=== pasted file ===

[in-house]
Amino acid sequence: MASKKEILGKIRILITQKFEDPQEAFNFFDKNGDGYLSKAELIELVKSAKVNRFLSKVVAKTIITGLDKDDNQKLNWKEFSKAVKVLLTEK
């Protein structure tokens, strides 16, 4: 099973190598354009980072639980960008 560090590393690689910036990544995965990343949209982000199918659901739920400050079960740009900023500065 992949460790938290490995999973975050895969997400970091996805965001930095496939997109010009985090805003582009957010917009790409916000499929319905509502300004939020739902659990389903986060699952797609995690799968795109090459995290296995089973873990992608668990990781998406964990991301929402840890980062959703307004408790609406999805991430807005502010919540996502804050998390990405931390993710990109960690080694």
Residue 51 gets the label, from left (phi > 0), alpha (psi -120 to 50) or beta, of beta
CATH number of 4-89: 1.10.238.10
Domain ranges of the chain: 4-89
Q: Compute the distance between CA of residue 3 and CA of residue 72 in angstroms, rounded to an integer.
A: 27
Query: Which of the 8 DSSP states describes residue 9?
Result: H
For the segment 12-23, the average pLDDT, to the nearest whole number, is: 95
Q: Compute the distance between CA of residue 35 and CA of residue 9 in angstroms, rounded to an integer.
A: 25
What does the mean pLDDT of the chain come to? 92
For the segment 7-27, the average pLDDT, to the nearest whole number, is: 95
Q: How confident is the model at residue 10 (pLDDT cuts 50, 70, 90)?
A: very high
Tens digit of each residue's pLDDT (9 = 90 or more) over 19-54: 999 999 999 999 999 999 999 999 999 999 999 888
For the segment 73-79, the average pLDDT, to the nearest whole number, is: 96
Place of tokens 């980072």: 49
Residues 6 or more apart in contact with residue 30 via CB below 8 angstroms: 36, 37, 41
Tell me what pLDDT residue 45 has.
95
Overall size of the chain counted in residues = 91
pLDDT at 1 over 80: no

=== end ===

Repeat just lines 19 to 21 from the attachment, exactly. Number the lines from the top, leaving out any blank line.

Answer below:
For the segment 73-79, the average pLDDT, to the nearest whole number, is: 96
Place of tokens 């980072």: 49
Residues 6 or more apart in contact with residue 30 via CB below 8 angstroms: 36, 37, 41